MD - Patapsco River - 2001/10/27 - 18.0 Miles



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Bear Creek is a tributary of the Patapsco River just before the serious traffic of Baltimore Harbor really starts. Across the Potapsco is Curtis Bay where the largest coast guard station on the East Coast is located. Home to the repair dry docks for the Coast Guard, enhanced security in the wake of 911 almost gets us arrested.





Bear Creek Launch site
Bear Creek launch Site



Julio Perez and I got an idea to paddle in Baltimore harbor. We consulted the Maryland Ramps and Fishing Piers guide and saw that there were several facilities listed for the Bear Creek area. We arranged to meet each other at one of the sites for a paddle out of Bear Creek, across the Potapsco and up Curtis Creek on the south side of the outer regions of Baltimore Harbor.


Bear Creek launch regulations
Launch Ramp with regulations



We spent a lot of time checking these "launch" locations without having any success finding the ramps. Eventually we figured out that these were just fishing locations with no ramps available. Facilities available at each site are located in the tables along the borders of the map and had we paid attention to them we could easily have figured this out. With cell phones keeping the two of us in contact we finally settled on a launch site near the mouth of Bear Creek. The directions to this ramp are easy to miss as there are many unusual streets and high speed restricted access roads in this area.


Curtis Bay Coast Guard station
Curtis Bay Coast Guard station



We finally launched about 11:00 AM and paddled across the busy harbor, taking care to stay out of the way of the many powerboats speeding up and down the main channel of the harbor. There were few tankers moving this day and their wakes were actually smaller than those of some of the pleasure cruisers. The water was quite flat with almost no breeze as we entered the mouth of Curtis Bay.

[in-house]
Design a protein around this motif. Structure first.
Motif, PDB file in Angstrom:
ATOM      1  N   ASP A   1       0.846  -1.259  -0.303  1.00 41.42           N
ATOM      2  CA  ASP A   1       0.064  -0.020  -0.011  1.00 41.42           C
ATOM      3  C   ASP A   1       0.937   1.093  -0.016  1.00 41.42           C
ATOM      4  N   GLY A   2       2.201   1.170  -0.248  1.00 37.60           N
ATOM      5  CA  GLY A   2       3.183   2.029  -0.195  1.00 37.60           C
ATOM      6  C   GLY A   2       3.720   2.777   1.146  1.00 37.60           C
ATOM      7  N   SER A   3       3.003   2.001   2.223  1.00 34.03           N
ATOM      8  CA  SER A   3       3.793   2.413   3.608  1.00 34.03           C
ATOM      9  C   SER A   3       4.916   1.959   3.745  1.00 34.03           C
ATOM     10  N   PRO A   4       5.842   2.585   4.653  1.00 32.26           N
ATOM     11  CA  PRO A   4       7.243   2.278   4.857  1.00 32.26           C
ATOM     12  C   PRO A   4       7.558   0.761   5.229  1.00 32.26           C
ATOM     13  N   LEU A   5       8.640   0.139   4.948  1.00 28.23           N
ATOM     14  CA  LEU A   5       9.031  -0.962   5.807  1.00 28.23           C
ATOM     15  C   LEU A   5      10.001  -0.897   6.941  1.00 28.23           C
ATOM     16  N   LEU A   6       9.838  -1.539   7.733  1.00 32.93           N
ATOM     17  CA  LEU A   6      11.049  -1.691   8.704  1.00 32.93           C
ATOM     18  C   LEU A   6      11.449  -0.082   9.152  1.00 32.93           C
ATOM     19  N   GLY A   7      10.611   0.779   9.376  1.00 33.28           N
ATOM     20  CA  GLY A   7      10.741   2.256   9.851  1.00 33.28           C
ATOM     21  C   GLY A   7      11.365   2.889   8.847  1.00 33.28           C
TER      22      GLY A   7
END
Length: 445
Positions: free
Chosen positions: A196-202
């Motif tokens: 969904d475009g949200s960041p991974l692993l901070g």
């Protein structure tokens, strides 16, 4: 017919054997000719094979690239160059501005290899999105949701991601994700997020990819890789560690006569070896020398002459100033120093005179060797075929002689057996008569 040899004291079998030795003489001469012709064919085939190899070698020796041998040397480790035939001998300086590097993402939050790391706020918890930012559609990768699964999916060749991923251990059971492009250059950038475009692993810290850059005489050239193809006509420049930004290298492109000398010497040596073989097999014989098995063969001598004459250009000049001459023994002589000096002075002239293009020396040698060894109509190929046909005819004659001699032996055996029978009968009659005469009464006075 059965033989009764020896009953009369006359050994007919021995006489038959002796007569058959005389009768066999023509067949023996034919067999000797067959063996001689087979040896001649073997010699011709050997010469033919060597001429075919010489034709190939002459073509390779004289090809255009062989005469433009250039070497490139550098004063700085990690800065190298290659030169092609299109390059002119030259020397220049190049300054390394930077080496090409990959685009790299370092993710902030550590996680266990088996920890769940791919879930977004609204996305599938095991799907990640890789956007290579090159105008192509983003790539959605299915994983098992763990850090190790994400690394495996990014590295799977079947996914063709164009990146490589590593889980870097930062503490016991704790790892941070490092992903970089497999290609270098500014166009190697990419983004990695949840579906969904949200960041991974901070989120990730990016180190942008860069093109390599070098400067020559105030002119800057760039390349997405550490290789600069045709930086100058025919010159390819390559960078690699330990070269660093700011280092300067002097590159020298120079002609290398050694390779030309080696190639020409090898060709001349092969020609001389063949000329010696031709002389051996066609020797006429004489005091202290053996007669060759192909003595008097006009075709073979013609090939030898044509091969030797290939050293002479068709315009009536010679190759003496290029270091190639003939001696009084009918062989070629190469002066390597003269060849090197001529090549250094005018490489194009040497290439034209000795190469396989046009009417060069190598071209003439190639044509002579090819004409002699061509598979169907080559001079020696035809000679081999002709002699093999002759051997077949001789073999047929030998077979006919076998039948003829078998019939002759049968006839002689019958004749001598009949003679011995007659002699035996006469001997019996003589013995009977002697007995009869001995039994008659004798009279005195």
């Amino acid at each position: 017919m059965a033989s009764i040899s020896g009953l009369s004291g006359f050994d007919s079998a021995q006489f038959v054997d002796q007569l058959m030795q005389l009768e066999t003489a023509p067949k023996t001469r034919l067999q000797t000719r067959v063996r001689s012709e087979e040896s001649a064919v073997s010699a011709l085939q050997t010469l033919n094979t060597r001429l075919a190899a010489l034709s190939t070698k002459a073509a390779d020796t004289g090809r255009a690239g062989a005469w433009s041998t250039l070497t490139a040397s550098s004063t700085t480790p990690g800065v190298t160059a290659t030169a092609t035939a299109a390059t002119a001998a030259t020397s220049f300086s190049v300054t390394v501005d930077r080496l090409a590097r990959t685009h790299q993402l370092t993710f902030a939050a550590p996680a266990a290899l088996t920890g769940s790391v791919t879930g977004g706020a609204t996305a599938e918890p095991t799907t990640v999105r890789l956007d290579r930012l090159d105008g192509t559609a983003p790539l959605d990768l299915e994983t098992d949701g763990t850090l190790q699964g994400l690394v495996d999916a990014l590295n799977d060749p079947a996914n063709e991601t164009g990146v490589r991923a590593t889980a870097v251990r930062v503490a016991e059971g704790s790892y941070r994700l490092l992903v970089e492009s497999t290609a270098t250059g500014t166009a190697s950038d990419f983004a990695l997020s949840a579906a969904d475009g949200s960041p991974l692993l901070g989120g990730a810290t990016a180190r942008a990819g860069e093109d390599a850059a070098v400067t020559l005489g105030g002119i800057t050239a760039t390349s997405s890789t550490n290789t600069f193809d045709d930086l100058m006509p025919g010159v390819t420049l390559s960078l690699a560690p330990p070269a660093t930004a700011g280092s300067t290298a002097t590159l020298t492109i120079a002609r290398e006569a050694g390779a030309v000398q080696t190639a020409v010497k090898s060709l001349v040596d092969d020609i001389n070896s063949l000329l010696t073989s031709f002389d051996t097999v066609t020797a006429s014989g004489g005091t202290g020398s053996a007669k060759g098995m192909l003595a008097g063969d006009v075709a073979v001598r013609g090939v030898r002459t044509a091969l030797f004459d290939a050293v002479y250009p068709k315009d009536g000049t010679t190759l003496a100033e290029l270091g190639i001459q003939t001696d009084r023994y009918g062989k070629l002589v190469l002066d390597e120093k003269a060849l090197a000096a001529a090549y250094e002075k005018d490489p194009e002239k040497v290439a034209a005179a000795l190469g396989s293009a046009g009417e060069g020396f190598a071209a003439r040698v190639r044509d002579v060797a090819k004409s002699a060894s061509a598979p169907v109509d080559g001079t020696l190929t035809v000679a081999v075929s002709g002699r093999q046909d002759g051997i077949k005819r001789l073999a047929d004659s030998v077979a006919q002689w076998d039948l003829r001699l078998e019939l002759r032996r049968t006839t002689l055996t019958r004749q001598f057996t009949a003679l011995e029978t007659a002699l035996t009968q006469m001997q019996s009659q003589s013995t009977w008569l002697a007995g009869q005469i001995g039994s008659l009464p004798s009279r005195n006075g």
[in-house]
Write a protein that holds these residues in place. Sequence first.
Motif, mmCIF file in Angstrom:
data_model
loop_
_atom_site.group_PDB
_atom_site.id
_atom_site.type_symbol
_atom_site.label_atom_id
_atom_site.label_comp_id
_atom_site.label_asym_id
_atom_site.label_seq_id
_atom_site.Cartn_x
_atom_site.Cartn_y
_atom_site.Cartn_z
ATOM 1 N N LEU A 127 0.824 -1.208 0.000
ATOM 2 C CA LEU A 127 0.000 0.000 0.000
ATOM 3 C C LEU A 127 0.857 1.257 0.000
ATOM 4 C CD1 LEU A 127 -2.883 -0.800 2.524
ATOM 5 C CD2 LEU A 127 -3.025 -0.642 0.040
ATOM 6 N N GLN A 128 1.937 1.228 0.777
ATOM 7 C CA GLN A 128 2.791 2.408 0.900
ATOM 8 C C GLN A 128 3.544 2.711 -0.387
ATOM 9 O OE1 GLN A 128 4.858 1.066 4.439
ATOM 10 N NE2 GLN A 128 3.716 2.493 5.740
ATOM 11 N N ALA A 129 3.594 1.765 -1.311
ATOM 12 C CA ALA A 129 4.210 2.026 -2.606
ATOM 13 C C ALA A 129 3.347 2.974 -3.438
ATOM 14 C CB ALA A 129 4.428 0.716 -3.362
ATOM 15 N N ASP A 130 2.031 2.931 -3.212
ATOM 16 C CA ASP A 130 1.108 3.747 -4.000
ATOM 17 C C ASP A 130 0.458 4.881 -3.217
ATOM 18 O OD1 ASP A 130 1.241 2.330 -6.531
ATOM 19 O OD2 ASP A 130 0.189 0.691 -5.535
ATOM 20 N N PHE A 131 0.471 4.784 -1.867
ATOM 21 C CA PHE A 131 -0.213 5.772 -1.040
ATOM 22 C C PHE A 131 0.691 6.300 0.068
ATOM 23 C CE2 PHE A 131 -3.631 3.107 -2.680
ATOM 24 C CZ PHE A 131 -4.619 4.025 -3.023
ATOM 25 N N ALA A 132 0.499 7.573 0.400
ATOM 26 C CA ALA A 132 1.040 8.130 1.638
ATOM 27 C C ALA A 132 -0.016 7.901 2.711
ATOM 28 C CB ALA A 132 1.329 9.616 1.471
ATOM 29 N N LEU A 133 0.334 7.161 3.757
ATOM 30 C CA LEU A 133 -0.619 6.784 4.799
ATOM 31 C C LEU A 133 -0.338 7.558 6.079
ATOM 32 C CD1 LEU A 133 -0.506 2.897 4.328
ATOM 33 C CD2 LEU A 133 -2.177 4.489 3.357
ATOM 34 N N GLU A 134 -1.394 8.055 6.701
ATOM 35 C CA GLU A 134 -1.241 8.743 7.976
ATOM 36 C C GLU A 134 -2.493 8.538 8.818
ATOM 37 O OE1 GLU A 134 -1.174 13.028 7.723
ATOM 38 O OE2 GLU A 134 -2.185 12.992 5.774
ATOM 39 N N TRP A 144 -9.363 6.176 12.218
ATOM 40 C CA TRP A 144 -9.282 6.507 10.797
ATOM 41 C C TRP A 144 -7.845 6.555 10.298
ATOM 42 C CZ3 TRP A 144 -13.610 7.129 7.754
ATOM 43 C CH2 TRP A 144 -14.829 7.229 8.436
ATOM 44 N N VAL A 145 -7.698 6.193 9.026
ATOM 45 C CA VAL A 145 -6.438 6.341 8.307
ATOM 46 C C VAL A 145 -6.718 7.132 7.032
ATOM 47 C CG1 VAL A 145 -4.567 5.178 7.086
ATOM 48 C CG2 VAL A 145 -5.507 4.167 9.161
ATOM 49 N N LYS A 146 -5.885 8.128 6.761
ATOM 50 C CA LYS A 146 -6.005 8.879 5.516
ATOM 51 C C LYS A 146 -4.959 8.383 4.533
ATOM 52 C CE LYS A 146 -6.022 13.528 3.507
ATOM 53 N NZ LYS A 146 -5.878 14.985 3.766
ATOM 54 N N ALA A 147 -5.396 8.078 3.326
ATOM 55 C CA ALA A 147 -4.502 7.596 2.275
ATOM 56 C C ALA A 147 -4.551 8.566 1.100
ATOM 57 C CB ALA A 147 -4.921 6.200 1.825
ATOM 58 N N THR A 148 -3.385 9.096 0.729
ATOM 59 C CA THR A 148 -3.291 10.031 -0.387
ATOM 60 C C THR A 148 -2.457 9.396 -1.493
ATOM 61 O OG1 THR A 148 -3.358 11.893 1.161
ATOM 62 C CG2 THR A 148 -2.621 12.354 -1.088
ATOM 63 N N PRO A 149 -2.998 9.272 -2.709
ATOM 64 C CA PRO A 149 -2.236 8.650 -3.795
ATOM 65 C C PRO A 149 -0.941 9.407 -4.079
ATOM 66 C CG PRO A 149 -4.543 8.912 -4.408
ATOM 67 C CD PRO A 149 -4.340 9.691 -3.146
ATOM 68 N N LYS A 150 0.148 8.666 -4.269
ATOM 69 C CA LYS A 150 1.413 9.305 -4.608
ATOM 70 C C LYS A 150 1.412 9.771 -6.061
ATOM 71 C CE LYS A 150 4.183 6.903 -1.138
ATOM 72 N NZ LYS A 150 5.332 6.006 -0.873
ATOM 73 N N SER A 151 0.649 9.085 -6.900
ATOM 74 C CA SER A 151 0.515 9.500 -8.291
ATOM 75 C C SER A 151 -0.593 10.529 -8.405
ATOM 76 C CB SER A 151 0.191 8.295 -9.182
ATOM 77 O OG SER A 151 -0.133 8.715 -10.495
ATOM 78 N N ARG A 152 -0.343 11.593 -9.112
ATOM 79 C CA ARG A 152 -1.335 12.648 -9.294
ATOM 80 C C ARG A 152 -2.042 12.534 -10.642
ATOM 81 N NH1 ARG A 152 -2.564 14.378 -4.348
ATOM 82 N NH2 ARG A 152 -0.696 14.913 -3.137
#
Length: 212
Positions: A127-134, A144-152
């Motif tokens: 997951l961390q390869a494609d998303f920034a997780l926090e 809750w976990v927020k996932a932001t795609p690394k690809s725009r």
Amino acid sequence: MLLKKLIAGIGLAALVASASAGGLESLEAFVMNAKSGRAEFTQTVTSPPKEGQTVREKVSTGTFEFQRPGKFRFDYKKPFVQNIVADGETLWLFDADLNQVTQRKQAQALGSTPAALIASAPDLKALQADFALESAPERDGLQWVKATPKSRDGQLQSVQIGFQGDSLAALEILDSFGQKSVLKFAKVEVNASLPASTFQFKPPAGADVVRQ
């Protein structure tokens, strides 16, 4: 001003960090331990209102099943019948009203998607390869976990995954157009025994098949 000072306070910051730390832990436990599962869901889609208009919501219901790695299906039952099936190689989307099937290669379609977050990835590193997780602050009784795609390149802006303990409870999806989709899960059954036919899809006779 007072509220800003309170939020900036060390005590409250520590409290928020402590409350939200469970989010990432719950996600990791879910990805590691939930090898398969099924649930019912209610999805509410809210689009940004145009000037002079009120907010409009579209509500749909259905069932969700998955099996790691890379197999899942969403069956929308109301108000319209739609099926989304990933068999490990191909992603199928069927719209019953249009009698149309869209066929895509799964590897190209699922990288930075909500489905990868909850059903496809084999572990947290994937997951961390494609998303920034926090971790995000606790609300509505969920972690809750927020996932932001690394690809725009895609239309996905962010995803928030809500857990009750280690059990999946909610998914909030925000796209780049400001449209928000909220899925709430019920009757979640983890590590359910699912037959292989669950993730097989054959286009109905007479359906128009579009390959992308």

The banks of Curtis Creek are all heavy industry until after the bridge carrying the Baltimore Beltway Interstate 695 spans the creek. Just past the bridge is the Curtis Bay Coast Guard station, the largest station on the east coast. Here is where all the larger Coast Guard ships are serviced. There are several Dry docks here and always a lot of interesting ship activity.


Cadet training ship
Three-Mast cadet ship in dry dock




At this time the Coast Guard Training ship, the three masted sailing ship, was in dry dock. I wanted to get a picture of the interesting boat so I paddled up to take a picture. My approach began to interest several posted sentries on the bridge of the cutter you see iin the picture above. As they glassed me from the bridge and began calling on the radio i decided that perhaps I would not get such a close picture after all. We paddled around to the other side of the drydock where there was a much better picture of the three master anyway.

After about 15 minutes from my first picture, we were approached by 4 Coast Guardsmen in a high speed tender with blue light flashing. Seems that sensitivity to security extended even to kayaks after the 9/11 incident of just 6 weeks ago and we were asked politely but firmly to remove ourselves from the area. We decided that this was a good spot to turn around and head back for the day. (Note: It is now the official policy that ALL vessels must maintain a 100 yard distance from any naval vessel. Fines and imprisonment are possiblities for violating this new regulation)


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EVEN THE BEST BOATERS CAN FIND THEMSELVES IN SERIOUS TROUBLE ON THE MILDEST OF DAYS ON THE WATER. PARTICIPATION IN THIS SPORT IS A STRENUOUS ACTIVITY. CONSULT YOUR PHYSICIAN BEFORE UNDERTAKING ANY SUCH ACTIVITY. PLEASE BE AWARE THAT EACH BOATER TAKES FULL RESPONSIBILITY FOR HIS OR HER OWN SAFETY, AND IS TOTALLY RESPONSIBLE FOR ASSESSING THE DANGER LEVEL AND ACCEPTING THE CONSEQUENCES OF PARTICIPATING IN THIS SPORT.


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